Foundation Trilogy Readalong: Foundation

First of all, I’m sorry this is a little later than I said it would be. From here on out, we should be good with a book a month. (Especially because the books are a nice, reasonable length, and fairly readable.)

So! Foundation is the first Asimov book I’ve probably read in at least 10 years, but there is a reason why Asimov is my favorite of the “classic” science fiction authors. To be honest, I’m not sure why I haven’t read the trilogy before, because I went through a definite Asimov phase as a teenager. I even read his collection of fantasy short stories. I don’t recommend that one.

But, onto the book. I really liked it, Squiders. I don’t know if it’s because I haven’t read any decent science fiction lately, or if it’s just because Asimov and I get on, or if it was just awesome, or some combination of the three, but I enjoyed the experience.

I’d say stop here if you don’t want to be spoiled, but I really think that, after 50 years, you don’t get a warning anymore.

I also thought it was interesting how the book was set up, with the time jumps. I mean, I guess I should have expected them, because I’ve read things like I, Robot and Bicentennial Man, but I honestly went into the trilogy having absolutely no idea what the books were about. Apparently the parts of the trilogy were originally a series of short stories, so it makes sense in retrospect.

Also, Asimov has always been quite good at developing characters in a short period of time. A lot of older scifi is so focused on plot and science that the characters become unimportant, but that’s not Asimov. So, you know, even though you only get characters for 75 pages, you remember them and understand them.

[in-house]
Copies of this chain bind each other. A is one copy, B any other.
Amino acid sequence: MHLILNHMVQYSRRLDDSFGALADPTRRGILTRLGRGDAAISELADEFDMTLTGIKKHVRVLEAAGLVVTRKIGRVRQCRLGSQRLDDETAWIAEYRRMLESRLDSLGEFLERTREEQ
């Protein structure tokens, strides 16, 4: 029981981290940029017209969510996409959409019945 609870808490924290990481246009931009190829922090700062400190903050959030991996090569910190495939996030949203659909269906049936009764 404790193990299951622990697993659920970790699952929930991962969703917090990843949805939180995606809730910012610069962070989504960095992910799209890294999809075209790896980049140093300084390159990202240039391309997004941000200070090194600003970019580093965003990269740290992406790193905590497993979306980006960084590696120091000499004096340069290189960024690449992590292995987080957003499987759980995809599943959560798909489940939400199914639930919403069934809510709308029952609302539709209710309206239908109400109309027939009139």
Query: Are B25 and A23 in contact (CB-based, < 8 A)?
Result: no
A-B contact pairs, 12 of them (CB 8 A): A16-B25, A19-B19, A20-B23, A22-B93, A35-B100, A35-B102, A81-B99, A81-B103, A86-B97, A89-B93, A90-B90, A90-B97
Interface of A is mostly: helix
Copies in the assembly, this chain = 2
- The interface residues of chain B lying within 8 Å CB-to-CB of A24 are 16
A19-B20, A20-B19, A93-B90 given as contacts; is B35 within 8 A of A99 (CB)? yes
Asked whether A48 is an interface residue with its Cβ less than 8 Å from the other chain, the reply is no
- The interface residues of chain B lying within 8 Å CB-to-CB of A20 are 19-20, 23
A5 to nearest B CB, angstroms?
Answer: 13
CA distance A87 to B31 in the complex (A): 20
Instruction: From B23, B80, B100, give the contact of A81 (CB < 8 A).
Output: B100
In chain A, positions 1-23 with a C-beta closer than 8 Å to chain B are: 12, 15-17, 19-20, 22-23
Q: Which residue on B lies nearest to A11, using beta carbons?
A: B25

I wonder how it went when he was writing the stories. Did he just start with the one and thought he was done? Or did he lay out all thousand years (and beyond) from the beginning, expecting to slowly dole out the stories as the urge hit him? I almost feel like it might be the first, that he had the first idea, with the psychohistory and Hari Seldon and the founding of the Foundation, because the tone of that part of the story read a little different than the rest.

But it’s rather ingenious, really, how one thing flows into the next, from the intellectual, to the religious, to the capitalist. (Though I admit I was a little skeptical about how quickly and fanatically the religion set in. But not enough to really care about it.) I’m interested to see where we go from here in the next book. After all, we’re only 150 years into the Foundation, and we’ve only had three Seldon crises.

Have you read Foundation, Squiders? What did you think? What’s your favorite Asimov story, or who’s your favorite “classic” scifi author?

We’ll discuss Foundation and Empire on April 8.

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3 responses to this post.

  1. I’d never read any of the Foundation books, so when you announced the read-along, I thought, “Hot dog, I’m gonna read me some classic science fiction!” and promptly bought the e-book.